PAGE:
This seems to be a cultural issue. I live in Indonesia and most here rice is related to jasmine in GI, but is I guess a less flavoursome cheaper strain. The texture and bland flavour is familiar and is a conduit for curries, sauces, and for frying in rice itself. The rice I could only describe as bland. In other countries I'd buy Jasmine rice, which is more aromatic than what we get here. Since the rice is simply cooked plain with only water, no salt or oil or anything at all, references to basmati 'standing on its own with just a few spices and butter' are a little bizarre to me. The rice isn't supposed to stand on its own. You put things on it - a curry sauce might be strongly flavoured on its own but when mixed with rice it softens it and the bland and the strong balance out.
From what I can see the main advantage of jasmine over cheaper strains is that it has a pleasant aroma, but if you cook it with a bunch of aromatics it's less likely that you'd notice this.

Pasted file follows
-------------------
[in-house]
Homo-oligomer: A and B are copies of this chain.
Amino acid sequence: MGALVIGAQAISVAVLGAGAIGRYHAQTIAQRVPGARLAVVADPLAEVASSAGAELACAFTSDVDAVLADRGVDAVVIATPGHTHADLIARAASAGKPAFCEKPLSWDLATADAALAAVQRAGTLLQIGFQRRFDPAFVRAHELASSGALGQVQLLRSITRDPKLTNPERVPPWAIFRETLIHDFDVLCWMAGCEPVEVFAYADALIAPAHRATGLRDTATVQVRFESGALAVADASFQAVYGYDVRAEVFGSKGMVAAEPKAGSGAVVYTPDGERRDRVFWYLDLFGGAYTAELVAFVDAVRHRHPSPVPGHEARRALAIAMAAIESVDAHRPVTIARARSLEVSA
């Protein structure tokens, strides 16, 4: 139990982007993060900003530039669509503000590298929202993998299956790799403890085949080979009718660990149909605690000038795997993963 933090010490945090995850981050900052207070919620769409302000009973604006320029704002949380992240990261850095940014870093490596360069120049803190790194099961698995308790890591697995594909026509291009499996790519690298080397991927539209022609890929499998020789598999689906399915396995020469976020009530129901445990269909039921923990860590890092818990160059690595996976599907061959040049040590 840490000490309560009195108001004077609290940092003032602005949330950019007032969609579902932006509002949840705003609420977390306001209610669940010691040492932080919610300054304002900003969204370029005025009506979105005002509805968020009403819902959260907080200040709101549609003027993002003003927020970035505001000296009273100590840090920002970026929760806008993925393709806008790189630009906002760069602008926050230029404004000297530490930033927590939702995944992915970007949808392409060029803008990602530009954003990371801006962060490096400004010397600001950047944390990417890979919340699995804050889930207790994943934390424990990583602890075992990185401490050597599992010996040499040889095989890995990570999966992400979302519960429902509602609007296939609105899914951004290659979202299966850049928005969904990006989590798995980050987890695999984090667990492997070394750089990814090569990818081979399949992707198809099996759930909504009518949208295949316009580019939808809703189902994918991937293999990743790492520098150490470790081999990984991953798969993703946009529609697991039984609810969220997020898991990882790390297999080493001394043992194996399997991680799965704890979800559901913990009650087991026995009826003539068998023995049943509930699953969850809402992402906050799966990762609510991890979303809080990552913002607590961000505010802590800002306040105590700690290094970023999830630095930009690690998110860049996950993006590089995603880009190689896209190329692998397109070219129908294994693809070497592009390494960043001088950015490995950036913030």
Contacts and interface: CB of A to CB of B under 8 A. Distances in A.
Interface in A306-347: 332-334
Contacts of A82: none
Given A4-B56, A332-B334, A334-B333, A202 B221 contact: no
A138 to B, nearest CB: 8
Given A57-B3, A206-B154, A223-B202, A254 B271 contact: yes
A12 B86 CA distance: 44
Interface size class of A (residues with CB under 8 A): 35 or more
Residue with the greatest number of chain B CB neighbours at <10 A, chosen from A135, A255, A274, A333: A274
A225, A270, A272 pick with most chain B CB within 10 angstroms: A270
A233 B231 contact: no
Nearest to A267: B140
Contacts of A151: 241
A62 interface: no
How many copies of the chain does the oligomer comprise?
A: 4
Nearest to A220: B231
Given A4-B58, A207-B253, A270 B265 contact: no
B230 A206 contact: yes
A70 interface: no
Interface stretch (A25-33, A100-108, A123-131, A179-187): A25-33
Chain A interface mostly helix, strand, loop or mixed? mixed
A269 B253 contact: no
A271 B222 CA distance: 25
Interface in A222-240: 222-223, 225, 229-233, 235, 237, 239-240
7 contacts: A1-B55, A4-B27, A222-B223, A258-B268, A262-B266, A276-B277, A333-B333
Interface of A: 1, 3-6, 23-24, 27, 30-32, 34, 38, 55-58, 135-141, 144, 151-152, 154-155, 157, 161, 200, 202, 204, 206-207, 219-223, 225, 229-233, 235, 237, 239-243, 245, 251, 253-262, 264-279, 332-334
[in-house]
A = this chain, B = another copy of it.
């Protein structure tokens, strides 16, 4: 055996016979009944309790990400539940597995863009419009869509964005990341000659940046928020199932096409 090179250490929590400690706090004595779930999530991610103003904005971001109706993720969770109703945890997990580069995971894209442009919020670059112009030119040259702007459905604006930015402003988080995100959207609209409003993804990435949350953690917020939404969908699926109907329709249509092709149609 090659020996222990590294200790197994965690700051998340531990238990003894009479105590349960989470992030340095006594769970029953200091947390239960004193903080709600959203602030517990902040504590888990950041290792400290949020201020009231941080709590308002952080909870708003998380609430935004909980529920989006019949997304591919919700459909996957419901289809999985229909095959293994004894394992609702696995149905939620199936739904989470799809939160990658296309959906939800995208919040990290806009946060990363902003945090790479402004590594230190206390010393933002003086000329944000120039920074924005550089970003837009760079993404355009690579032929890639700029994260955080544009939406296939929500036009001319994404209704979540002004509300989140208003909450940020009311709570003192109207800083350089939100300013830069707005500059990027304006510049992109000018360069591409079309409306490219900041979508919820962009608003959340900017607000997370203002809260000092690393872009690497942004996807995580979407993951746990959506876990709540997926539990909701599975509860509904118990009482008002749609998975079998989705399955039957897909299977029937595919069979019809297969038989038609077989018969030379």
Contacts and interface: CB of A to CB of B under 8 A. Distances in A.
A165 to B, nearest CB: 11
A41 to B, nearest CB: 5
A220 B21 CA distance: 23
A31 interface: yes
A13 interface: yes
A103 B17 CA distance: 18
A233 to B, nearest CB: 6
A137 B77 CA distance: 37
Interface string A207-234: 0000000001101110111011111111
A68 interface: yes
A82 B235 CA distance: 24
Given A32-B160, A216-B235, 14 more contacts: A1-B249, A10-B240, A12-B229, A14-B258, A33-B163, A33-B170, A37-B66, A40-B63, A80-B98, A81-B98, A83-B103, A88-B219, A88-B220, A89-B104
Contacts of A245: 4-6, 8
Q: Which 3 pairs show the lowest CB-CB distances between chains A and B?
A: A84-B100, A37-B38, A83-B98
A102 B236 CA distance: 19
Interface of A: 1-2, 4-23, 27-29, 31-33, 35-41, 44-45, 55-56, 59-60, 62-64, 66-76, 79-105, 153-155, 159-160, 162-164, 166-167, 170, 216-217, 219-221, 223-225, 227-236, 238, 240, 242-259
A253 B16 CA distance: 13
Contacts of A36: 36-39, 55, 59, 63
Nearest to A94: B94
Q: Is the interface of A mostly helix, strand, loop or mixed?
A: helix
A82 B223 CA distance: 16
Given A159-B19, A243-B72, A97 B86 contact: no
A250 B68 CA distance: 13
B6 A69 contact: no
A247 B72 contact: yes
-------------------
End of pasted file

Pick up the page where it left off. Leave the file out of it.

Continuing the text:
If you only ever eat rice as 'pilau rice', 'egg fried rice' and so on, and never have it plain then it might be that jasmine rice is not worth it for you.
I dislike basmati because I am used to eating steamed, high GI rice, and I just cook rice in a rice cooker plain, and basmati is not particularly well suited to that.
Also I'd mention that people here eat 200kg of rice a year, three times a day, and the purpose originally is as a source of carbs (fuel) for people working. Actually my dogs eat rice too, and if you have a daily requirement of 2500 calories or whatever, then rice immediately fills over half than that, providing carb, calories and a little protein as well, so you know that your family gets through a 50kg bag every couple of weeks or whatever, it's a significant thing in a family budget given that the price is fixed by the government.